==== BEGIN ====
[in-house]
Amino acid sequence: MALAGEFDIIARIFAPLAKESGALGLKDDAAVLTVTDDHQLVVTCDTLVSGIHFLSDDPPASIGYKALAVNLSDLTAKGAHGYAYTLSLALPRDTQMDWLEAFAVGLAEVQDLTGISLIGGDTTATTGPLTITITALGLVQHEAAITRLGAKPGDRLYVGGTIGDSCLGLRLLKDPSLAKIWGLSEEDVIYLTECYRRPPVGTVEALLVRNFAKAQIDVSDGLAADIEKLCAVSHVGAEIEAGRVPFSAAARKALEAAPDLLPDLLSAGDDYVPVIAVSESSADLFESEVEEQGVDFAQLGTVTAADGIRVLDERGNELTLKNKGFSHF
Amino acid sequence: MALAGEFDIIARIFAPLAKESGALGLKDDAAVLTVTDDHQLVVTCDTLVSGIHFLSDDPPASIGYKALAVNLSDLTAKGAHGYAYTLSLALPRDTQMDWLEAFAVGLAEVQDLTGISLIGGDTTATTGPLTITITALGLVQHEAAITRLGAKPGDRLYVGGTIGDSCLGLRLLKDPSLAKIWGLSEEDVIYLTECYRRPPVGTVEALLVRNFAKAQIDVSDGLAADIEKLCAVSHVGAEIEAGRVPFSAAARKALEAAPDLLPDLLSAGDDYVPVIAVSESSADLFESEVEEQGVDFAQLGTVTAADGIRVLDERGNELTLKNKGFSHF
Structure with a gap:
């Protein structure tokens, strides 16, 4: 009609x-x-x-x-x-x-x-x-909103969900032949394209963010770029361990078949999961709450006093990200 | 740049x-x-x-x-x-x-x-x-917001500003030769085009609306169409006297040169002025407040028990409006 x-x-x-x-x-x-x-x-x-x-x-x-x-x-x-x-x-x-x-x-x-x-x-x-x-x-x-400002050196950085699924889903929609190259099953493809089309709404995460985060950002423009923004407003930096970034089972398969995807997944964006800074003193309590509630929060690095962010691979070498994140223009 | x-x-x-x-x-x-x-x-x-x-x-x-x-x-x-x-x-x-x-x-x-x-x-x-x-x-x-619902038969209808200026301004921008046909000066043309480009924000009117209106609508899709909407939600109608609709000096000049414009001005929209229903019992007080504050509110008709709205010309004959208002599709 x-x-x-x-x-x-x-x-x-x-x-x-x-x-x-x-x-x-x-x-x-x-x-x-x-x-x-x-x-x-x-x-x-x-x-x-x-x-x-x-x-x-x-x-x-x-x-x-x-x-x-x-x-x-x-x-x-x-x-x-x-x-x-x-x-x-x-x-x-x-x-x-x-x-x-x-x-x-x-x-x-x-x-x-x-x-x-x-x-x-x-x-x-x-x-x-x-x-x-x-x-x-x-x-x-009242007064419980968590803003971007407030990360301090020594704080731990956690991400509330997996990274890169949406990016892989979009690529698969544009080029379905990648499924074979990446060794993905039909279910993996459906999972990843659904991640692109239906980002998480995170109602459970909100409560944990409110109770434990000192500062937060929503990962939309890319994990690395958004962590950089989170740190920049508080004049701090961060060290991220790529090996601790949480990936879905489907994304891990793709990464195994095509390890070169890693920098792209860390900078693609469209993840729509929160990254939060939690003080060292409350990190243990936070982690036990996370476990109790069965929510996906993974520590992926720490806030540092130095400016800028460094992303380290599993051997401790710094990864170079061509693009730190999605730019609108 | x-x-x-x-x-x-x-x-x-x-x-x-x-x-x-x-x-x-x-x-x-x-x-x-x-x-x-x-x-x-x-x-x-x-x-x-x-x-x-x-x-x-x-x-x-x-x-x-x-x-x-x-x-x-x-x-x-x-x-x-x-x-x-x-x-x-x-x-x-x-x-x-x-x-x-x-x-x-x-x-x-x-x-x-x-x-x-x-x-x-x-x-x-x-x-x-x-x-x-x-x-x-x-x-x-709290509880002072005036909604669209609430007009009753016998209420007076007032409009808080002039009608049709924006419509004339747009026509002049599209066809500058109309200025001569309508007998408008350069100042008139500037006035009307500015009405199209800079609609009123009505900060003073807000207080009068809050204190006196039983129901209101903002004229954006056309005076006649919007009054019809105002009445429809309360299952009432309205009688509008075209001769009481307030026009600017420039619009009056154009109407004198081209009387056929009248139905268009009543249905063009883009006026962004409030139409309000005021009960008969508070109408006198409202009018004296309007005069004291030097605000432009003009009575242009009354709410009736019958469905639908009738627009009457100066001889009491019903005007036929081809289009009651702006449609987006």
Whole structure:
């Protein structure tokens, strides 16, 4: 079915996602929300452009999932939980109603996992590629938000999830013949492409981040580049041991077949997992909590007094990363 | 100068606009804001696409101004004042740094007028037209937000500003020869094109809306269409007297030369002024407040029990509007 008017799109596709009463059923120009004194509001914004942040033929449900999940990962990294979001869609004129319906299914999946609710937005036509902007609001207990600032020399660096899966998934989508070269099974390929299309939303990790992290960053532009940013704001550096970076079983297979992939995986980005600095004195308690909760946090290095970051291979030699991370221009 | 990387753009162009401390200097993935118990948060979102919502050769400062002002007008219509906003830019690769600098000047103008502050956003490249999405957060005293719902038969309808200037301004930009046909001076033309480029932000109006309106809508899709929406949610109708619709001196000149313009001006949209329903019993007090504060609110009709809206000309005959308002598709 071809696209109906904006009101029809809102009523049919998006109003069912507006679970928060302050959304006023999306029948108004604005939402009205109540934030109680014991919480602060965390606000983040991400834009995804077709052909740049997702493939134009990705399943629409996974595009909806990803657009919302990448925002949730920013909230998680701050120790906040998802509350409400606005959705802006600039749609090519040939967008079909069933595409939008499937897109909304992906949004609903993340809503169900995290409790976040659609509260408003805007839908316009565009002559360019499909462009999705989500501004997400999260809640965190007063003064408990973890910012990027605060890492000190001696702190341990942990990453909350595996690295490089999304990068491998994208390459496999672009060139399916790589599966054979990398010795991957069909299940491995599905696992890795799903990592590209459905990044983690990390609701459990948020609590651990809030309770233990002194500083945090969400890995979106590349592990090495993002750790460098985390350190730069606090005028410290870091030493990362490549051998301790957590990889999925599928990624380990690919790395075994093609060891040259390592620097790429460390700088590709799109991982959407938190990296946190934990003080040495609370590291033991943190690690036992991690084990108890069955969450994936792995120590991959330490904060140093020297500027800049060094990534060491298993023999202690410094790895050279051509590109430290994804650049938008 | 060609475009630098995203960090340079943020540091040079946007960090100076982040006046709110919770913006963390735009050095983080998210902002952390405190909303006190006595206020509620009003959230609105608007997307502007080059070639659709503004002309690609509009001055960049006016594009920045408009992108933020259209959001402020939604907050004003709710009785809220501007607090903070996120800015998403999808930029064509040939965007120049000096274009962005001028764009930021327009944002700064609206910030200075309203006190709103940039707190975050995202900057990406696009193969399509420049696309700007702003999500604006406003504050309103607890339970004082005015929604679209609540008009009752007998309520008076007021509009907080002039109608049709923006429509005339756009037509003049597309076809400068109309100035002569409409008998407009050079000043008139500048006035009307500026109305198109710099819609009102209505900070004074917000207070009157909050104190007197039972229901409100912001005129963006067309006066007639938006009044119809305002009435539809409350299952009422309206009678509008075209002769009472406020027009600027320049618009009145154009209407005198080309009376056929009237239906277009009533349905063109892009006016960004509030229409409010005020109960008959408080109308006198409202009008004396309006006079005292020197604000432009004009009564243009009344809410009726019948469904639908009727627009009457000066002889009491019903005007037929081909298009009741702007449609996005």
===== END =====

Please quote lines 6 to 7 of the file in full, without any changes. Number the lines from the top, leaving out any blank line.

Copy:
Whole structure:
């Protein structure tokens, strides 16, 4: 079915996602929300452009999932939980109603996992590629938000999830013949492409981040580049041991077949997992909590007094990363 | 100068606009804001696409101004004042740094007028037209937000500003020869094109809306269409007297030369002024407040029990509007 008017799109596709009463059923120009004194509001914004942040033929449900999940990962990294979001869609004129319906299914999946609710937005036509902007609001207990600032020399660096899966998934989508070269099974390929299309939303990790992290960053532009940013704001550096970076079983297979992939995986980005600095004195308690909760946090290095970051291979030699991370221009 | 990387753009162009401390200097993935118990948060979102919502050769400062002002007008219509906003830019690769600098000047103008502050956003490249999405957060005293719902038969309808200037301004930009046909001076033309480029932000109006309106809508899709929406949610109708619709001196000149313009001006949209329903019993007090504060609110009709809206000309005959308002598709 071809696209109906904006009101029809809102009523049919998006109003069912507006679970928060302050959304006023999306029948108004604005939402009205109540934030109680014991919480602060965390606000983040991400834009995804077709052909740049997702493939134009990705399943629409996974595009909806990803657009919302990448925002949730920013909230998680701050120790906040998802509350409400606005959705802006600039749609090519040939967008079909069933595409939008499937897109909304992906949004609903993340809503169900995290409790976040659609509260408003805007839908316009565009002559360019499909462009999705989500501004997400999260809640965190007063003064408990973890910012990027605060890492000190001696702190341990942990990453909350595996690295490089999304990068491998994208390459496999672009060139399916790589599966054979990398010795991957069909299940491995599905696992890795799903990592590209459905990044983690990390609701459990948020609590651990809030309770233990002194500083945090969400890995979106590349592990090495993002750790460098985390350190730069606090005028410290870091030493990362490549051998301790957590990889999925599928990624380990690919790395075994093609060891040259390592620097790429460390700088590709799109991982959407938190990296946190934990003080040495609370590291033991943190690690036992991690084990108890069955969450994936792995120590991959330490904060140093020297500027800049060094990534060491298993023999202690410094790895050279051509590109430290994804650049938008 | 060609475009630098995203960090340079943020540091040079946007960090100076982040006046709110919770913006963390735009050095983080998210902002952390405190909303006190006595206020509620009003959230609105608007997307502007080059070639659709503004002309690609509009001055960049006016594009920045408009992108933020259209959001402020939604907050004003709710009785809220501007607090903070996120800015998403999808930029064509040939965007120049000096274009962005001028764009930021327009944002700064609206910030200075309203006190709103940039707190975050995202900057990406696009193969399509420049696309700007702003999500604006406003504050309103607890339970004082005015929604679209609540008009009752007998309520008076007021509009907080002039109608049709923006429509005339756009037509003049597309076809400068109309100035002569409409008998407009050079000043008139500048006035009307500026109305198109710099819609009102209505900070004074917000207070009157909050104190007197039972229901409100912001005129963006067309006066007639938006009044119809305002009435539809409350299952009422309206009678509008075209002769009472406020027009600027320049618009009145154009209407005198080309009376056929009237239906277009009533349905063109892009006016960004509030229409409010005020109960008959408080109308006198409202009008004396309006006079005292020197604000432009004009009564243009009344809410009726019948469904639908009727627009009457000066002889009491019903005007037929081909298009009741702007449609996005």